The quality that is taken by economists to indicate the well-being of a society or of the arrangements (or changes in them) that a society adopts. It is usually measured as an index. Higher levels of welfare are inherently better for that individual or society, as judged by the economist constructing or using the index. Economists, philosophers, sociologists and psychologists differ among themselves over what constitutes a higher level of welfare and whether useful empirical measurements of welfare can be made (construct validity).
Economists most frequently use per capita GDP (Gross Domestic Product) as the index of well-being. Some modify this welfare index with allowance for unpaid activity within households (which GDP excludes) or for environmental and related effects (which GDP treats erroneously from a welfare viewpoint: GDP rises if there is an oil spill and resources need to be used to clean it up). Extra-welfarists believe that, even with such modifications, GDP is inadequate since welfare involves much more than the mere satisfaction of wants through the consumption of goods and services.
Other words sometimes used by economists for welfare include utility and satisfaction. These alternatives are often used, however, without any implication that an individual or society is better off by having a higher level of either utility or satisfaction. They can merely denote that the chooser (the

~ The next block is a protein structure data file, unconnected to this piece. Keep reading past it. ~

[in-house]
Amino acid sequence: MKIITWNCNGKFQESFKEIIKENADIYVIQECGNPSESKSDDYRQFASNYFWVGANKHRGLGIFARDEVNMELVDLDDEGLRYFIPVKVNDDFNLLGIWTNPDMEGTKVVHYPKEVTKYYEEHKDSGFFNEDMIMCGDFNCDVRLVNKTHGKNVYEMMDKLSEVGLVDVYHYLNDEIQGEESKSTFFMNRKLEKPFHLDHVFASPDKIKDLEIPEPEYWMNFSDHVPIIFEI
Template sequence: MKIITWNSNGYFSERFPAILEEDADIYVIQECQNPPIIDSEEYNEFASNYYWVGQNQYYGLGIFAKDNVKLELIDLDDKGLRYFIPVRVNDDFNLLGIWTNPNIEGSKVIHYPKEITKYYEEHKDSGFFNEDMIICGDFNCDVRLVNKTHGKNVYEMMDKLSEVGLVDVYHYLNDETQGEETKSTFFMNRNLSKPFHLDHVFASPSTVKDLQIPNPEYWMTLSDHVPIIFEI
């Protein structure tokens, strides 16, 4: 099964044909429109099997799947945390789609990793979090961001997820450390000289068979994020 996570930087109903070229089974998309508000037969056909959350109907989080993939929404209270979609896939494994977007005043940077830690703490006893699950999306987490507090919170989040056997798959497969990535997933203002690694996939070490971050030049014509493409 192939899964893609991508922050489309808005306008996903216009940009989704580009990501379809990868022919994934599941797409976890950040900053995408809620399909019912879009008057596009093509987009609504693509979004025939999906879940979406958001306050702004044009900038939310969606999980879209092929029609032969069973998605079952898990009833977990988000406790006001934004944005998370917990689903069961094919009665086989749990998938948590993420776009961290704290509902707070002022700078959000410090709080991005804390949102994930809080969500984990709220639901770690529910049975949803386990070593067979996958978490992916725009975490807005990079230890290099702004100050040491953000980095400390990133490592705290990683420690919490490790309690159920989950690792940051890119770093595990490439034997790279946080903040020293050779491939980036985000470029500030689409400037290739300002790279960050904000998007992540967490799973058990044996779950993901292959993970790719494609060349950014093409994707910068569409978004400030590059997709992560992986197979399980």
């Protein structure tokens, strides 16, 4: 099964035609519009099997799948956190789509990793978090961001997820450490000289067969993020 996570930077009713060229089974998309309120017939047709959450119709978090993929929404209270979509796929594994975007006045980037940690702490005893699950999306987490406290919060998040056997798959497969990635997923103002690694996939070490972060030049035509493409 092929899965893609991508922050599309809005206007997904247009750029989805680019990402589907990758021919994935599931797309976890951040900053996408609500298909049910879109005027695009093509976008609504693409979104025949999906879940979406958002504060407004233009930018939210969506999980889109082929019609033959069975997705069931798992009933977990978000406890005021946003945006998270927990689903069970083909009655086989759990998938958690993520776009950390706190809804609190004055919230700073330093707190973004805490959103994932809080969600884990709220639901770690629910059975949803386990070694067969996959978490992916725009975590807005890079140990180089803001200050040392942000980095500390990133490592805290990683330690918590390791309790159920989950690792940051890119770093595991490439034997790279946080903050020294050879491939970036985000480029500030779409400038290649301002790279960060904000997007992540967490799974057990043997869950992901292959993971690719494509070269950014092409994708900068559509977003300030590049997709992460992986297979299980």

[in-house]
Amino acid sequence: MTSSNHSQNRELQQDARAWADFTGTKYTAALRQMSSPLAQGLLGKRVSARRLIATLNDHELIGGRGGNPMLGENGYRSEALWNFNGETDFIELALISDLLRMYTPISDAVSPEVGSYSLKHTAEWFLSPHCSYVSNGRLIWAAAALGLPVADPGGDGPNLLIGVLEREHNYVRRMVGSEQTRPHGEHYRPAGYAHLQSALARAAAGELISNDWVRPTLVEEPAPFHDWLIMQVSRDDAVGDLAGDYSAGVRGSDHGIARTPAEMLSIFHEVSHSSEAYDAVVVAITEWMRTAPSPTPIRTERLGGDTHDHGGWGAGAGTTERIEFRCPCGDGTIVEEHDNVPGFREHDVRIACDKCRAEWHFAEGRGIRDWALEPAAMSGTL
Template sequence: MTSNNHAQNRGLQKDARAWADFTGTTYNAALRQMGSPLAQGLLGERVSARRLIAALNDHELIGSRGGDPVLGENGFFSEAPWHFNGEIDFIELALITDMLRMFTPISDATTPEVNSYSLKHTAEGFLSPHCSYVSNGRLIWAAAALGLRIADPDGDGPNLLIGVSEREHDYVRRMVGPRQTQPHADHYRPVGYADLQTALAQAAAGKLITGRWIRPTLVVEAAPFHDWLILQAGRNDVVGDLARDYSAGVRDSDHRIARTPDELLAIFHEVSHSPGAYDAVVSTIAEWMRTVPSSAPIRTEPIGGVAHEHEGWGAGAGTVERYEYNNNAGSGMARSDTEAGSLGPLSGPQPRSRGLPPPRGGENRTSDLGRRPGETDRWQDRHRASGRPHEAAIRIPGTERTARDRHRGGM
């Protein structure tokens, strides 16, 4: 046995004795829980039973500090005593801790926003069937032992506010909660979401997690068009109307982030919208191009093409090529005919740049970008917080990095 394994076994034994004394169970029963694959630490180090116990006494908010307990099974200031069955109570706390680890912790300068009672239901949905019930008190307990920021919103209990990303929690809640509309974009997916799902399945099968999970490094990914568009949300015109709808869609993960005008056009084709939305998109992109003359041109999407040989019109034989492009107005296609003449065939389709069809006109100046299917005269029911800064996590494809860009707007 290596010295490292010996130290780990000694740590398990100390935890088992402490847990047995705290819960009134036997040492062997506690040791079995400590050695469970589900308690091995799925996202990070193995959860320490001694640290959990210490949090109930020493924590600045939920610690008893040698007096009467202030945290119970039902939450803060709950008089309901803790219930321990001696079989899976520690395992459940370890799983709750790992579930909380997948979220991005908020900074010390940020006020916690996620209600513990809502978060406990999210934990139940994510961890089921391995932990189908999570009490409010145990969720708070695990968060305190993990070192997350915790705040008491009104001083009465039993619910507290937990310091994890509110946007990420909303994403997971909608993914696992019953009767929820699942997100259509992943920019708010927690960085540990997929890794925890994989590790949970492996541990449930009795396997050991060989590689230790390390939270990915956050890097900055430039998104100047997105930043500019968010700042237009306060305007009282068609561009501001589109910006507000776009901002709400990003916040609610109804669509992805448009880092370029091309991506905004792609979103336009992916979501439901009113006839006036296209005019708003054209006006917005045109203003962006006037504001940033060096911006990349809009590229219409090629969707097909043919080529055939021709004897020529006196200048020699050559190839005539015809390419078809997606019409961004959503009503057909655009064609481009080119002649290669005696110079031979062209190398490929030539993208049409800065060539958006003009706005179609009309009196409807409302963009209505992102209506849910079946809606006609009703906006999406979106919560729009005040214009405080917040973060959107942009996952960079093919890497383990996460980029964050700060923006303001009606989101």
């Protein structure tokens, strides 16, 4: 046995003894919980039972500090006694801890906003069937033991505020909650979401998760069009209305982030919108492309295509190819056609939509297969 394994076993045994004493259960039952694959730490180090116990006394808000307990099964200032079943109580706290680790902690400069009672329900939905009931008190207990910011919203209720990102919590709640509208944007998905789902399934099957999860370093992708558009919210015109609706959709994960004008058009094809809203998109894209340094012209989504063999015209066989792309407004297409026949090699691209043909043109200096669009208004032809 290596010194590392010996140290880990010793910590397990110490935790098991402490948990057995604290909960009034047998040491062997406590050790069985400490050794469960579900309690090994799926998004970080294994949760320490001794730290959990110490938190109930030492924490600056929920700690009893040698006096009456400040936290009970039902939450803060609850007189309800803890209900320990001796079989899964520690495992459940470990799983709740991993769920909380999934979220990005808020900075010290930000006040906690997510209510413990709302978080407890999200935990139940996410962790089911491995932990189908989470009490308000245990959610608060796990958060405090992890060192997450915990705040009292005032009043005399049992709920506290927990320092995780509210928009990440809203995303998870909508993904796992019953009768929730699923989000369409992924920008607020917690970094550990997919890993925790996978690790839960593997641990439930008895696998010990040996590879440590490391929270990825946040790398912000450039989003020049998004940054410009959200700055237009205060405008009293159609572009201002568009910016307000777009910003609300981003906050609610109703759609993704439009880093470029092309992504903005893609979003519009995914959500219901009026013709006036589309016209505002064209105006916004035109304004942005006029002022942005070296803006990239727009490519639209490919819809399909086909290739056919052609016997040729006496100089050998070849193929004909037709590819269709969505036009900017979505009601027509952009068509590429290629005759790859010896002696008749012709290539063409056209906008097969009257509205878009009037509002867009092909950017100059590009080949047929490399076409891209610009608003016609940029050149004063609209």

368 Welfare Cost individual or society) has as a goal a higher level of this index, and not that the economist endorses their goal as a desirable one or that this is the only or the ultimate goal. Sometimes all that is meant by a utility number is a particular level of pain or pleasure for the individual or society in question. This, despite its wide currency, seems a pathetically inadequate measure of either individual or societal welfare.
Some economists try to avoid the concept of welfare entirely and, indeed, deny that the concept of welfare is meaningful. Such economists are broadly in the logical positivism school. Since health economics is largely inseparable from policy issues, in which questions deemed 'metaphysical' by analysts in that tradition are central, those who dodge the welfare implications of economic policies are severely limited in their ability to contribute to health economics. See Positive Economics, Rationality, Welfare Economics.
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